We’ve all been told we’ll grow out of something at some point in life right? Maybe you bit your nails, ‘don’t worry oh you’ll grow out of it’. Or you really loved McFly when you were 12 and were told it was a phase (guilty)! But what do you do when the years tick on past and you don’t change for the better?
And this’ll last how long?
I had what looked like a faint when I was 17 which then turned into several ‘faints’ which evolved into seizures. I was told from the very beginning that I’d grow out of it but today I’m ‘celebrating’ Ten Years of living with Seizures!
It was never even considered that my condition might be for life. It’s not technically epilepsy but I take epilepsy medication to help control the fits (go figure)! I’ve been through different neurologists and cardiologists who all just say ‘well we don’t know what it is and you’ll have to live with it’. As I got older I unfortunately developed multiple other chronic illnesses which i’ve now thankfully got the confidence to properly push for investigation into.
Learning to Deal
The confusion I felt when I first became ill was intense. Over the years this became anger, grief and now something that’s almost being at peace. I’ve heard similar from a lot of chronic illness sufferers.
I had a lot of options to quit thing and let my health rule my life and i’m so grateful I pushed through. To people who have conditions developing and aren’t getting answers, ask, shout louder and look into the community for support when doctors aren’t coming through for you.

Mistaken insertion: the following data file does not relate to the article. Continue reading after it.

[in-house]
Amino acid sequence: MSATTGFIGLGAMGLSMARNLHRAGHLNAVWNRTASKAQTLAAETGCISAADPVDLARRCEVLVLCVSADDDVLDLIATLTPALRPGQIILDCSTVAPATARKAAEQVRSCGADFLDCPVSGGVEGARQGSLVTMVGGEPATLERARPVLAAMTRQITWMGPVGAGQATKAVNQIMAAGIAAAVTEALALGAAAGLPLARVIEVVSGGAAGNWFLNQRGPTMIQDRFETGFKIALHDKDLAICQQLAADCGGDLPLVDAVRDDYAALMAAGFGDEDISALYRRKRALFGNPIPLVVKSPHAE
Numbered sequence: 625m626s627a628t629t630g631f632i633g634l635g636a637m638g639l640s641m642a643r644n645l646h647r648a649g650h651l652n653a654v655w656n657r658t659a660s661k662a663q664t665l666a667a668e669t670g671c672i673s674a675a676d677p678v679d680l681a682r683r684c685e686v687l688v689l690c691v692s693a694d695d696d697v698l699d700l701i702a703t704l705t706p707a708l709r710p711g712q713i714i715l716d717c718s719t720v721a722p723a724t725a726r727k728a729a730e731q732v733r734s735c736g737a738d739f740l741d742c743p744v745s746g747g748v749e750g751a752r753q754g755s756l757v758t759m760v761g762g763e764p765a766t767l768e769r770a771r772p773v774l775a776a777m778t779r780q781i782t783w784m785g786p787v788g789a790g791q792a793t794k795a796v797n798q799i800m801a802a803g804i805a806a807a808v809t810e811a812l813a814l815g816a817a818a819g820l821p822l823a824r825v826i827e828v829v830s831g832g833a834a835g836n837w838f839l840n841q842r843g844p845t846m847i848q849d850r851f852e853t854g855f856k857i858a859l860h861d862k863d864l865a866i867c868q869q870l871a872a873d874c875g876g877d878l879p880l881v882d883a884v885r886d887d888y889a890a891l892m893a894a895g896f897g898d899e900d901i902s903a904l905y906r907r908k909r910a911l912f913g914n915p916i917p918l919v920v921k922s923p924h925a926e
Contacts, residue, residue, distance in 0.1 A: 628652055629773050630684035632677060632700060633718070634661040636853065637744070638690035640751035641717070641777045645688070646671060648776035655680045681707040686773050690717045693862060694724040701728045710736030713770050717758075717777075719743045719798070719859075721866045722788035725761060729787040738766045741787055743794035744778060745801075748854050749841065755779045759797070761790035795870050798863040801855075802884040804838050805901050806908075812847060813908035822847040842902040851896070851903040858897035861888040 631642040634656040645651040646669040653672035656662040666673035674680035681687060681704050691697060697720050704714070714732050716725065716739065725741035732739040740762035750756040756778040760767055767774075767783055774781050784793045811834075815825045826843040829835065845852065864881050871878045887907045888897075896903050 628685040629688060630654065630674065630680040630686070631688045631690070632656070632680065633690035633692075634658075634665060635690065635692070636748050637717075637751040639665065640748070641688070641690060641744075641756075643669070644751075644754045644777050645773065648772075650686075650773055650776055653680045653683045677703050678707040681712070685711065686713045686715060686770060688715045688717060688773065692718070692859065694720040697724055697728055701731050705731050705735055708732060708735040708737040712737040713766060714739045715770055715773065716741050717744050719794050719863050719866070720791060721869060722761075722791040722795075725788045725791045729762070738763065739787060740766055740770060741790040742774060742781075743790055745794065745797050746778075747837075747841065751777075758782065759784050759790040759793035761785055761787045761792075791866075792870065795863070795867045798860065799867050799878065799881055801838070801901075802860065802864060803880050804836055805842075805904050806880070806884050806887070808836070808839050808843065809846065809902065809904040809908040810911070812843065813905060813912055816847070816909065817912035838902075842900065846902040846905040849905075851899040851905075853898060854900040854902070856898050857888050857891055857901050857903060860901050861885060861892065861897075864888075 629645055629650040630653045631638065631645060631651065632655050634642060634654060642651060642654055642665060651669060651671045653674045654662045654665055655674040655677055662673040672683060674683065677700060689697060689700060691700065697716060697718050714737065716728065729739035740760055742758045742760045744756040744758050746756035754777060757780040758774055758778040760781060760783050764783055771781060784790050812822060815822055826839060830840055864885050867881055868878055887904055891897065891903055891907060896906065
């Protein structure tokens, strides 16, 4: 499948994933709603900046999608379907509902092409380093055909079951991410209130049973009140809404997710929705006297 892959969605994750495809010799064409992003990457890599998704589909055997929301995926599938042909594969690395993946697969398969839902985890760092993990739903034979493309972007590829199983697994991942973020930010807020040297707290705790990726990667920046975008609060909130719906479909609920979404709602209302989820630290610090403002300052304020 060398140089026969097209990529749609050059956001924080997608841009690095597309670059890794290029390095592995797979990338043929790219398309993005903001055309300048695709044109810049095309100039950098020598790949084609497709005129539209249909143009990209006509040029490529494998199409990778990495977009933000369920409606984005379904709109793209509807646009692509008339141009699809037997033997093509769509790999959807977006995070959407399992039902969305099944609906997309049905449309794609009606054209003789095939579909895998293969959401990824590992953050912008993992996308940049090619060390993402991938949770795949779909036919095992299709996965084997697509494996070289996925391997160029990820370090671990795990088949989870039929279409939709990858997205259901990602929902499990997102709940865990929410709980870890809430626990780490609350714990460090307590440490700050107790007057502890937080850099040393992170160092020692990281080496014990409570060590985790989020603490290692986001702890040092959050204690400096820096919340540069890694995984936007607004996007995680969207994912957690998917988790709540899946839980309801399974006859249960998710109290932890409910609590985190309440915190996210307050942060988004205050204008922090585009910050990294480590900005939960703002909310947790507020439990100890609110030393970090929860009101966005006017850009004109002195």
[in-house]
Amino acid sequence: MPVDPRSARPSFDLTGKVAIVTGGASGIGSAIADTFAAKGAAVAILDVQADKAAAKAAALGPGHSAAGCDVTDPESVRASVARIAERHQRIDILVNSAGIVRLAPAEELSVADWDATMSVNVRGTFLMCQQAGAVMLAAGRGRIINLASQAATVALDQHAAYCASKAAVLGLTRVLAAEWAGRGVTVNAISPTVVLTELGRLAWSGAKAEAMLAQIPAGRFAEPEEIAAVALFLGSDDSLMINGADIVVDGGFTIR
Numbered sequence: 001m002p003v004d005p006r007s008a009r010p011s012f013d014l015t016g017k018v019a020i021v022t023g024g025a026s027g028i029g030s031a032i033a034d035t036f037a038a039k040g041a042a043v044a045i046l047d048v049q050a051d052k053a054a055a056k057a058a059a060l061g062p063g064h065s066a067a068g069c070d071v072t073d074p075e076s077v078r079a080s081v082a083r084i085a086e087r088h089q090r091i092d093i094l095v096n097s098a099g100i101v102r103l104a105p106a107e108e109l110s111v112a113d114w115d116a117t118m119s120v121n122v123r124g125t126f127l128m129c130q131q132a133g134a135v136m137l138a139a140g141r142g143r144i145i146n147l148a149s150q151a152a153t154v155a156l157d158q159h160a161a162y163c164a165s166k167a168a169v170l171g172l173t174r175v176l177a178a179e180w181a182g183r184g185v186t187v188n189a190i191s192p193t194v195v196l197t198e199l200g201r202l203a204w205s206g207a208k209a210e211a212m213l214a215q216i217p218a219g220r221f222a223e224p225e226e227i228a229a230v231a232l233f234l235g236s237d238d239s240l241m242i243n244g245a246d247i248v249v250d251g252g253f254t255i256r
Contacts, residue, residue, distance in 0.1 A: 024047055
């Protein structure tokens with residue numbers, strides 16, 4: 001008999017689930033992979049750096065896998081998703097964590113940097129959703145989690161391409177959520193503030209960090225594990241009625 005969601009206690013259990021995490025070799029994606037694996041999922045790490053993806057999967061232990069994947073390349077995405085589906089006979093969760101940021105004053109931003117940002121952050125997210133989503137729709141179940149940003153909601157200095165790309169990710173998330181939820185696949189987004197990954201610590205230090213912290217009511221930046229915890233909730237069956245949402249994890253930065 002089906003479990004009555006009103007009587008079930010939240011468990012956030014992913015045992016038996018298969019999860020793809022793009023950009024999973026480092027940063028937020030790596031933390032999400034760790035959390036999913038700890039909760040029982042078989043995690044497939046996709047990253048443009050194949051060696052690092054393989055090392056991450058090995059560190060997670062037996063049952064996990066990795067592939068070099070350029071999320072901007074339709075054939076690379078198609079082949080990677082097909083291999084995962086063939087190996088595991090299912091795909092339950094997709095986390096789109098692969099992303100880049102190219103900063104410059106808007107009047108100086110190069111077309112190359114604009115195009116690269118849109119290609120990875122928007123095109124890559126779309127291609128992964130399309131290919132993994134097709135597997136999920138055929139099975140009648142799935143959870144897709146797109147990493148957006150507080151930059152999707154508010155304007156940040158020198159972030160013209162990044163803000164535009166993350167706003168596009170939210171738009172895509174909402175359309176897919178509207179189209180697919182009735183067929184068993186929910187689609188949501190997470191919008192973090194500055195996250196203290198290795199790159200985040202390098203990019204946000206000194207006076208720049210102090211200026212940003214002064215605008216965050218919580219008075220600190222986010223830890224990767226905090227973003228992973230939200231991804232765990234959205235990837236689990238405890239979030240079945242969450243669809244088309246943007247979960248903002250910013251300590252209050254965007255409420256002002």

When my seizures began, my teachers didn’t think I was going to get my a-levels let alone a degree. My doctor advised I took a year out and delayed uni, but I couldn’t just sit there and watch life pass me by. University was a repeat with struggles and being suggested to drop out again! Disability help exists throughout life, but dear god is it well hidden!
When I finally got my degree it felt like I’d run a marathon. I regret pushing myself quite so madly but I don’t regret that I made myself stick it out. It seemed to be ‘me vs my health’ for the longest time and I couldn’t bear to lose. I carried this mindset into applying for a graduate scheme which I completed but eventually had to begin full time working remotely.
2009 vs 2019
I now know it isn’t ‘me vs my health’, my health is part of me, and I have to respect that and not fight it. I’ve learnt you sometimes have to shriek for support, and that some people and places sadly aren’t willing to deal with health restrictions.
Learning to rely on others and accept my own limits is a lifelong journey but I think i’m getting there. I’ve been incredibly lucky to have a wonderful array of people in my life who don’t just see me as a disability, and are happy to do things with me. I have a partner who must have the patience of a saint dealing with me, but who loves and supports me with everything. My Seizures still aren’t understood and I have no known reason for them. My current doctor thinks a lot of my health conditions are related so we’re looking for what that link could be!
It’s been rough and I’ll always wish I didn’t have seizures, but they don’t define me. Nor does any of my health. It’s just a shame it was so hard to get it all taken seriously in the first place.
To anyone not being listened to with a diagnosis, shout louder – you, like me deserve answers!
Until the next time,
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